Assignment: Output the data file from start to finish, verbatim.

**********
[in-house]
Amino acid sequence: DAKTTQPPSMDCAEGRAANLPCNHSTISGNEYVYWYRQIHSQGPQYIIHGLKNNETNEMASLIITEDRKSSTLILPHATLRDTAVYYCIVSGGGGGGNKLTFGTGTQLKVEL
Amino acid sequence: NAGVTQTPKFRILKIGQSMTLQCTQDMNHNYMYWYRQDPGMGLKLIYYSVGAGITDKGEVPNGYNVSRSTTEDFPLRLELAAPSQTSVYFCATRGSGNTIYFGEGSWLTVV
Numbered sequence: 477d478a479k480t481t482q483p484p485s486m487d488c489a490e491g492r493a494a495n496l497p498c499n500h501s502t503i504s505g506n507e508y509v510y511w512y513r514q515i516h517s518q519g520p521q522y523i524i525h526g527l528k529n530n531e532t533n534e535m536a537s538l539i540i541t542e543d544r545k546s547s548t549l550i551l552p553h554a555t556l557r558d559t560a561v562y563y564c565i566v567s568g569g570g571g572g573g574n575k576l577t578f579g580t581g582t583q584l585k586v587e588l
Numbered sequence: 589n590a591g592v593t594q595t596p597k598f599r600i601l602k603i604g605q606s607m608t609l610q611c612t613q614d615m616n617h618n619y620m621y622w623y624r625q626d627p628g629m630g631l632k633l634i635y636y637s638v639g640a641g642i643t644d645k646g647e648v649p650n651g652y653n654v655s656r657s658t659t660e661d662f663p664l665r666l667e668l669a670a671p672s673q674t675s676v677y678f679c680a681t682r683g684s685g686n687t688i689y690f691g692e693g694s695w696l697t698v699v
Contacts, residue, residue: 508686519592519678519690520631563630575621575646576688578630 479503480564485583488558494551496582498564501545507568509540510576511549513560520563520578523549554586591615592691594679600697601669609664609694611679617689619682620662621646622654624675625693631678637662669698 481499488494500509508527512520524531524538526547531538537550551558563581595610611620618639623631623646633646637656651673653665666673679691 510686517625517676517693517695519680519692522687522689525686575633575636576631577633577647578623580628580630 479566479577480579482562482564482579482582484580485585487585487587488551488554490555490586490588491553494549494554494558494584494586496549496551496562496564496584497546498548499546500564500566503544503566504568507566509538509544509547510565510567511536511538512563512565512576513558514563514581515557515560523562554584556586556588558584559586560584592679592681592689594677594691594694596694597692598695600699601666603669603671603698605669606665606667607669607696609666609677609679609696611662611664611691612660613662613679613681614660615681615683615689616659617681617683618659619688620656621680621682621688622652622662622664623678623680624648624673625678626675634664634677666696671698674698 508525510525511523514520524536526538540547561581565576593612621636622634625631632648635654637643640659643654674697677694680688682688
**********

[in-house]
Amino acid sequence: DAKTTQPPSMDCAEGRAANLPCNHSTISGNEYVYWYRQIHSQGPQYIIHGLKNNETNEMASLIITEDRKSSTLILPHATLRDTAVYYCIVSGGGGGGNKLTFGTGTQLKVEL
Amino acid sequence: NAGVTQTPKFRILKIGQSMTLQCTQDMNHNYMYWYRQDPGMGLKLIYYSVGAGITDKGEVPNGYNVSRSTTEDFPLRLELAAPSQTSVYFCATRGSGNTIYFGEGSWLTVV
Numbered sequence: 477d478a479k480t481t482q483p484p485s486m487d488c489a490e491g492r493a494a495n496l497p498c499n500h501s502t503i504s505g506n507e508y509v510y511w512y513r514q515i516h517s518q519g520p521q522y523i524i525h526g527l528k529n530n531e532t533n534e535m536a537s538l539i540i541t542e543d544r545k546s547s548t549l550i551l552p553h554a555t556l557r558d559t560a561v562y563y564c565i566v567s568g569g570g571g572g573g574n575k576l577t578f579g580t581g582t583q584l585k586v587e588l
Numbered sequence: 589n590a591g592v593t594q595t596p597k598f599r600i601l602k603i604g605q606s607m608t609l610q611c612t613q614d615m616n617h618n619y620m621y622w623y624r625q626d627p628g629m630g631l632k633l634i635y636y637s638v639g640a641g642i643t644d645k646g647e648v649p650n651g652y653n654v655s656r657s658t659t660e661d662f663p664l665r666l667e668l669a670a671p672s673q674t675s676v677y678f679c680a681t682r683g684s685g686n687t688i689y690f691g692e693g694s695w696l697t698v699v
Contacts, residue, residue: 508686519592519678519690520631563630575621575646576688578630 479503480564485583488558494551496582498564501545507568509540510576511549513560520563520578523549554586591615592691594679600697601669609664609694611679617689619682620662621646622654624675625693631678637662669698 481499488494500509508527512520524531524538526547531538537550551558563581595610611620618639623631623646633646637656651673653665666673679691 510686517625517676517693517695519680519692522687522689525686575633575636576631577633577647578623580628580630 479566479577480579482562482564482579482582484580485585487585487587488551488554490555490586490588491553494549494554494558494584494586496549496551496562496564496584497546498548499546500564500566503544503566504568507566509538509544509547510565510567511536511538512563512565512576513558514563514581515557515560523562554584556586556588558584559586560584592679592681592689594677594691594694596694597692598695600699601666603669603671603698605669606665606667607669607696609666609677609679609696611662611664611691612660613662613679613681614660615681615683615689616659617681617683618659619688620656621680621682621688622652622662622664623678623680624648624673625678626675634664634677666696671698674698 508525510525511523514520524536526538540547561581565576593612621636622634625631632648635654637643640659643654674697677694680688682688